Work to that end already is under way in several locations. Southern Maine Community College recently founded The Reach Center, which is a partnership between the college, the Maine Mathematics and Science Alliance and the Maine School of Science and Mathematics in Limestone. The goal, which was bolstered recently with a $3.2 million anonymous gift, is to make The Reach Center a resource for schools statewide that are trying to create new STEM programs.

Officials at Bangor High School, which is not as far along as The Reach Center, said they envision a program that focuses in both directions on the educational ladder for success. According to Bangor High School Principal Paul Butler, the district is working with the University of Maine on several fronts, including formation of a program that will allow students to enter college with enough credits to be sophomores. Conversely, high school students involved in the Bangor High School STEM Academy will be tutors and mentors for children in the younger grades with the hope of planting the STEM seed as early as possible.

“This program will be open to all students but it’s going to be a heavy curriculum academically,” said Butler. “For a student to march through this, he or she will be really challenging himself over four years.”

Among the academy’s requirements will be that students take physics — which is usually reserved for the junior or senior year, and often only for highly motivated students — during their freshman year.

At York High School, the STEM program isn’t as clearly delineated as Bangor’s is, according to York Principal Robert Stevens, but that doesn’t mean it isn’t undertaking many of the same initiatives. About 10 years ago, according to Stevens, administrators and staff vowed to make preparing kids for higher education across all vocations a priority. The result is a higher education sending rate that varies between 85 and 93 percent, said Stevens.

Instead of instituting a requirement that all students take four years of science and math, Stevens said teachers simply opted to try simple encouragement. The result has been an increase at York High School from one physics class with 20 students to six full physics classes plus an advanced-placement course. Stevens said about 99 percent of York students take physics before they graduate.

“There’s nothing sexy about what we’re doing; we’re just kind of feeling our way,” said Stevens. “Unfortunately, we really haven’t been able to look at the engineering side of things very much. We just haven’t had the economic resources to bring a program like that forward.”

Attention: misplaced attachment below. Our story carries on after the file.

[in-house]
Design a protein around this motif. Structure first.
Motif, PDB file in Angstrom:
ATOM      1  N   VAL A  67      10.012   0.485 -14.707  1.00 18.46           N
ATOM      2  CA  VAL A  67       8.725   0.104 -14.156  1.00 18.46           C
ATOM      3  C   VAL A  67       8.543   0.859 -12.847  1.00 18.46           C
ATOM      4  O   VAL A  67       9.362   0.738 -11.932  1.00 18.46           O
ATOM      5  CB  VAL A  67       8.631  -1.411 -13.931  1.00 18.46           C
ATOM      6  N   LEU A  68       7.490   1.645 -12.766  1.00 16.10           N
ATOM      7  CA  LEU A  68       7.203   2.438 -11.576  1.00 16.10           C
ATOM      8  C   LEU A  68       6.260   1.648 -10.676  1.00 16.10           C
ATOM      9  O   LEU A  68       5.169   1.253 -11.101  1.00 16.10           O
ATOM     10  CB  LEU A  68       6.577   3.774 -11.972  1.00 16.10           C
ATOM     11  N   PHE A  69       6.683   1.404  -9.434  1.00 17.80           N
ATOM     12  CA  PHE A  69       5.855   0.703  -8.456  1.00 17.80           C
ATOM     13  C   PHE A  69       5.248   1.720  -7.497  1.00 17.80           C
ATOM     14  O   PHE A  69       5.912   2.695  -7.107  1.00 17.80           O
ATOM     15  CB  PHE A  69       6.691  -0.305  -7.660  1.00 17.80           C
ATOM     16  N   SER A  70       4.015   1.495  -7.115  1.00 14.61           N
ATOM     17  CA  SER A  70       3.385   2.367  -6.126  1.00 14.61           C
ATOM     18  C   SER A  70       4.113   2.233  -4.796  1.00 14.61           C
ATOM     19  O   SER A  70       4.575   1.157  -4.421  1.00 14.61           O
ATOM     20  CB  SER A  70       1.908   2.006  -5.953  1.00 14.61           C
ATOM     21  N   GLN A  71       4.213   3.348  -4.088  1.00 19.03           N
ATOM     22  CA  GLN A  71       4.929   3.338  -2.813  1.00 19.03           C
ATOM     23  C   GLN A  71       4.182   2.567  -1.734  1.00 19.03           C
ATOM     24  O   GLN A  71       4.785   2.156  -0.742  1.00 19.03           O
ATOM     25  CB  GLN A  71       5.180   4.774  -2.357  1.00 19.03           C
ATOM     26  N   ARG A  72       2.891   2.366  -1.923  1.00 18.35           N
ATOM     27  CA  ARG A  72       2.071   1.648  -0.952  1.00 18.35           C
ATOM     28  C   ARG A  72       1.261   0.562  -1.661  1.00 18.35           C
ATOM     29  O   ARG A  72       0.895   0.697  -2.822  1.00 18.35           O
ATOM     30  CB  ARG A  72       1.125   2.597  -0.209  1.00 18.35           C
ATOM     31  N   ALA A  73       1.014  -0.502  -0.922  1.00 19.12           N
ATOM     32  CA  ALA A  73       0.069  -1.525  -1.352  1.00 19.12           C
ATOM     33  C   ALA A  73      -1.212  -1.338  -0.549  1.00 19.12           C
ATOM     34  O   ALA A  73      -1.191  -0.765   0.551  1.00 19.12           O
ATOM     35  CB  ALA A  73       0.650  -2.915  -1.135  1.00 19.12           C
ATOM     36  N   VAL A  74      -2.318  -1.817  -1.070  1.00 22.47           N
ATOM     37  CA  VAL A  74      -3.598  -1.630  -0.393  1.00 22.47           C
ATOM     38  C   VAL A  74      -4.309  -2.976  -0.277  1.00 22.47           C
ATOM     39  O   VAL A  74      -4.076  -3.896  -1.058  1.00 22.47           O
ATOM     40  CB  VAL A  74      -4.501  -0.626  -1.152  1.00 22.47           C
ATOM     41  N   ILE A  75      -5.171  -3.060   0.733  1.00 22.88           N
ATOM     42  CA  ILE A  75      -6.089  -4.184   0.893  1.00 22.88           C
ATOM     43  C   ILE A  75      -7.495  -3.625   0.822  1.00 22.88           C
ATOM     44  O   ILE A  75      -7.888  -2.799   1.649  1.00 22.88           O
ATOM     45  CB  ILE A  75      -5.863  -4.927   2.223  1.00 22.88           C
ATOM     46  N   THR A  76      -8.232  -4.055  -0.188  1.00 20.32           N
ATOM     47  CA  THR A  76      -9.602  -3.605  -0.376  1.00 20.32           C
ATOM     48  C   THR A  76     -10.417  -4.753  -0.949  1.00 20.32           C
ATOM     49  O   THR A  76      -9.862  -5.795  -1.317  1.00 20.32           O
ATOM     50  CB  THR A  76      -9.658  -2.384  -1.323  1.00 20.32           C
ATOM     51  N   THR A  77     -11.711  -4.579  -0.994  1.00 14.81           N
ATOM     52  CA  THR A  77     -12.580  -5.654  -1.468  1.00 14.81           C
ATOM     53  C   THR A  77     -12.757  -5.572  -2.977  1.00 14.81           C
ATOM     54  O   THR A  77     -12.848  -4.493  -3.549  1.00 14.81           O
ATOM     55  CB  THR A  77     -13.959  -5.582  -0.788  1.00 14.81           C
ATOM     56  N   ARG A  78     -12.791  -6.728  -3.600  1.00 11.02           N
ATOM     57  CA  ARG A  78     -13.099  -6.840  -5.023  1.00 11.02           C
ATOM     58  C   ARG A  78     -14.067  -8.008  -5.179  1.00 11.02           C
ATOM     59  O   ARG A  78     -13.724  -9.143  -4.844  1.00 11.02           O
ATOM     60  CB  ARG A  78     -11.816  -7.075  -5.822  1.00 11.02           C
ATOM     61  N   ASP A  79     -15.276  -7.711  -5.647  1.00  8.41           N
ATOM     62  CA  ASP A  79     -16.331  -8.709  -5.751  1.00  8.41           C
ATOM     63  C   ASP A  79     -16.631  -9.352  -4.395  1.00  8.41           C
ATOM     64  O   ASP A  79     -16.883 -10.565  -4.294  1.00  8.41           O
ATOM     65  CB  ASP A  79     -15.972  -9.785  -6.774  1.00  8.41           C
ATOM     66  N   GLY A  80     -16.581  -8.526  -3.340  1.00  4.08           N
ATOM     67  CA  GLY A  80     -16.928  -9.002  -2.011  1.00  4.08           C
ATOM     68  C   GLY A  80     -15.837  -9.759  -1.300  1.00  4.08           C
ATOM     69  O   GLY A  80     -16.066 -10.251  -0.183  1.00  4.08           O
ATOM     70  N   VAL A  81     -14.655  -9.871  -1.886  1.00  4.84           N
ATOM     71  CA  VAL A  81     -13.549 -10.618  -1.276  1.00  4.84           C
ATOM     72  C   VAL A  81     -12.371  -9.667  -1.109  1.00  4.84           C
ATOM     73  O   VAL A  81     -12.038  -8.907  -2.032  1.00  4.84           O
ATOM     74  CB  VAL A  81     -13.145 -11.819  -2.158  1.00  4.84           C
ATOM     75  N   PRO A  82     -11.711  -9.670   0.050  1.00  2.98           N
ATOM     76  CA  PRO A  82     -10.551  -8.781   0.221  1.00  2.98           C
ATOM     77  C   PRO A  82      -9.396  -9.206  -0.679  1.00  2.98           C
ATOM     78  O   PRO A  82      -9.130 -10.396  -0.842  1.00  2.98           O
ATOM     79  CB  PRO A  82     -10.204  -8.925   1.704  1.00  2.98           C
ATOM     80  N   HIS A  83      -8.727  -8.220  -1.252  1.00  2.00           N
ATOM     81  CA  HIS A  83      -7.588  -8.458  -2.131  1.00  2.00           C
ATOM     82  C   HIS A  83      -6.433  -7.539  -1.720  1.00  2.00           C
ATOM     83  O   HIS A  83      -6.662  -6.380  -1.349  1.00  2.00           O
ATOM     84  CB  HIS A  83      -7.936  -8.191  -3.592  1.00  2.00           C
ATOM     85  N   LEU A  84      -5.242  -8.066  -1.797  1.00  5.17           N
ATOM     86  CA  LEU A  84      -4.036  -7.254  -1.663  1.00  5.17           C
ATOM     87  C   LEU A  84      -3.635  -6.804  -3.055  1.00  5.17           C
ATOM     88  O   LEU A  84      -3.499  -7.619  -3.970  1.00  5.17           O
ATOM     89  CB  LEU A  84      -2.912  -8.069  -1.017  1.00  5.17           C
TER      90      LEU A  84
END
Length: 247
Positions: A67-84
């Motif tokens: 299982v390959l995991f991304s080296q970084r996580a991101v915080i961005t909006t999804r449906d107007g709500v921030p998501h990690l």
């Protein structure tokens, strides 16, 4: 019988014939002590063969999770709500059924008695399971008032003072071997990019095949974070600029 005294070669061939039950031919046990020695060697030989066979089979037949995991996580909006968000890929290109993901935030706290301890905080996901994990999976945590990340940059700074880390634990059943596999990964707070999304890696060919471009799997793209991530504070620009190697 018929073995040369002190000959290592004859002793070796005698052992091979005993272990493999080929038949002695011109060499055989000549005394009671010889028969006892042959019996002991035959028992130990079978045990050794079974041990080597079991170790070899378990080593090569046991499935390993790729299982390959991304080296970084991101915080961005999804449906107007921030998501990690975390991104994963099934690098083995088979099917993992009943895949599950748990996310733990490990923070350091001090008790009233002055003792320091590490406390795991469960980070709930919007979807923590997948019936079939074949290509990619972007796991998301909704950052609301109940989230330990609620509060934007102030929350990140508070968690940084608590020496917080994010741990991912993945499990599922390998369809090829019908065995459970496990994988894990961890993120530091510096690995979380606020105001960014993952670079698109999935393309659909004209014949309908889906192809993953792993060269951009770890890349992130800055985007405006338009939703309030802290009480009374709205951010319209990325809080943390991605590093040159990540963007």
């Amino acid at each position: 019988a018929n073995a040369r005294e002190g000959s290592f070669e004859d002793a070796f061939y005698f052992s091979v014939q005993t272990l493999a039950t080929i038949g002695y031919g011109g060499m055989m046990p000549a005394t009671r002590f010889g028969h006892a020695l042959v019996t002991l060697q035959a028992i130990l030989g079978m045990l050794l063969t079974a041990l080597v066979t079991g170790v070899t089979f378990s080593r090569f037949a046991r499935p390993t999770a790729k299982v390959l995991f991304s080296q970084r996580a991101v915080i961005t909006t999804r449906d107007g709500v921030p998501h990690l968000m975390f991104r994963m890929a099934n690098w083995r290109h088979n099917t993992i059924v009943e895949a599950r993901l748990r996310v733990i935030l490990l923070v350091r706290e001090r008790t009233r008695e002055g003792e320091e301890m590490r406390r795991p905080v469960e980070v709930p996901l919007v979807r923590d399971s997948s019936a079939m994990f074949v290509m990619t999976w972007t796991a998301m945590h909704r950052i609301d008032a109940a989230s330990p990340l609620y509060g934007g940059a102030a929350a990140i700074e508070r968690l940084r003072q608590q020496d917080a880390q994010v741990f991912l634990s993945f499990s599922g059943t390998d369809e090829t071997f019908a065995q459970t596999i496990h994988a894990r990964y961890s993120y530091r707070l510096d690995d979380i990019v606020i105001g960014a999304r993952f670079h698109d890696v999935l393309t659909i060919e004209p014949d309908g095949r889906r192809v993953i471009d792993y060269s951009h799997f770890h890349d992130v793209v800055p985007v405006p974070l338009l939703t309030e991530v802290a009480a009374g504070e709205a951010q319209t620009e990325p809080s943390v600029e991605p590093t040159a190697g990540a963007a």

STEM education is taking hold at the lower levels, as well. At the kindergarten-through-grade-eight Durham Community School, older students have access to various STEM-related classes, including one called STEM, according to Principal Will Pidden.

“All of our seventh- and eighth-graders have that class as part of their years,” said Pidden, who said subjects taught include robotics, computer programming and various other disciplines. The theme, he said, is incorporating hands-on science and math projects as opposed to focusing on classroom lectures.

“Imagine learning about measurement but never measuring anything,” said Pidden. “These are skills that all students need regardless of what career path they’re taking. As colleges look for kids’ expertise and experiences in these skills, high schools will start offering more. We don’t STEM education to stop at the eighth grade.”

Bernhardt, at the Department of Education, said the difference between the York and Bangor programs is illustrative of the many approaches being taken in Maine schools. If there is a common theme, it is that the most successful programs partner with the business community.

“Very many kids in our state know that STEM subjects are important but they think it’s not for them,” she said. “We know that kids who participate in real research are more likely to pursue STEM career pathways.”

According to Butler, Bangor High School has a strong tradition of students doing original research, ranging from one student’s contribution to a hot sauce ranking system a decade ago to a current student’s work on water science. In four of the past five years, a Bangor student has been chosen as Maine’s winner of the U.S. Stockholm Water Prize. In 2011, the winner was 16-year-old graduating senior Leila Musavi, whose project involved finding pathogens such as cholera and E. coli in water. Musavi is now studying medicine at Columbia University.

Gov. Paul LePage and Education Commissioner Steven Bowen have repeatedly said that one of the keys to educational success is grabbing the interest of students when they’re young. Bowen is in the midst of developing an educational strategy document for the state and has said that individualized learning will be at its center.

Bernhardt said she sees that as a positive.

“Resources are slender right now,” she said. “One of the most important things we can do is to help raise awareness.”

Christopher Cousins

Christopher Cousins has worked as a journalist in Maine for more than 15 years and covered state government for numerous media organizations before joining the Bangor Daily News in 2009.